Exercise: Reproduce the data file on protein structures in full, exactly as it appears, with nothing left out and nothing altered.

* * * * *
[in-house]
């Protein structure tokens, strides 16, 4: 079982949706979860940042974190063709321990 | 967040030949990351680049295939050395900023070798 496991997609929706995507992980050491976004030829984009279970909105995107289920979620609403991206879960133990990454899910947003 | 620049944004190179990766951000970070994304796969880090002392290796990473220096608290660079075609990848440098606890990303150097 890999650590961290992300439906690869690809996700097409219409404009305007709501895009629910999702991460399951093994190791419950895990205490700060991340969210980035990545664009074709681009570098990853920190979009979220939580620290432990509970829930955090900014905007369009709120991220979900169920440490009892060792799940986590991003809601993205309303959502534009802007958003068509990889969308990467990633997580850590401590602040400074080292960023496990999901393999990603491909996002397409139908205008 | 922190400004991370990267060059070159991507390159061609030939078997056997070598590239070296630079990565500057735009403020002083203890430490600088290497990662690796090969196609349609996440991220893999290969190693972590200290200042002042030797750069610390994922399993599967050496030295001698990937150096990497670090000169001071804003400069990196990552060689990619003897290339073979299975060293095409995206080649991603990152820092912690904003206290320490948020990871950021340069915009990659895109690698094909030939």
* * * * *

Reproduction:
[in-house]
């Protein structure tokens, strides 16, 4: 079982949706979860940042974190063709321990 | 967040030949990351680049295939050395900023070798 496991997609929706995507992980050491976004030829984009279970909105995107289920979620609403991206879960133990990454899910947003 | 620049944004190179990766951000970070994304796969880090002392290796990473220096608290660079075609990848440098606890990303150097 890999650590961290992300439906690869690809996700097409219409404009305007709501895009629910999702991460399951093994190791419950895990205490700060991340969210980035990545664009074709681009570098990853920190979009979220939580620290432990509970829930955090900014905007369009709120991220979900169920440490009892060792799940986590991003809601993205309303959502534009802007958003068509990889969308990467990633997580850590401590602040400074080292960023496990999901393999990603491909996002397409139908205008 | 922190400004991370990267060059070159991507390159061609030939078997056997070598590239070296630079990565500057735009403020002083203890430490600088290497990662690796090969196609349609996440991220893999290969190693972590200290200042002042030797750069610390994922399993599967050496030295001698990937150096990497670090000169001071804003400069990196990552060689990619003897290339073979299975060293095409995206080649991603990152820092912690904003206290320490948020990871950021340069915009990659895109690698094909030939």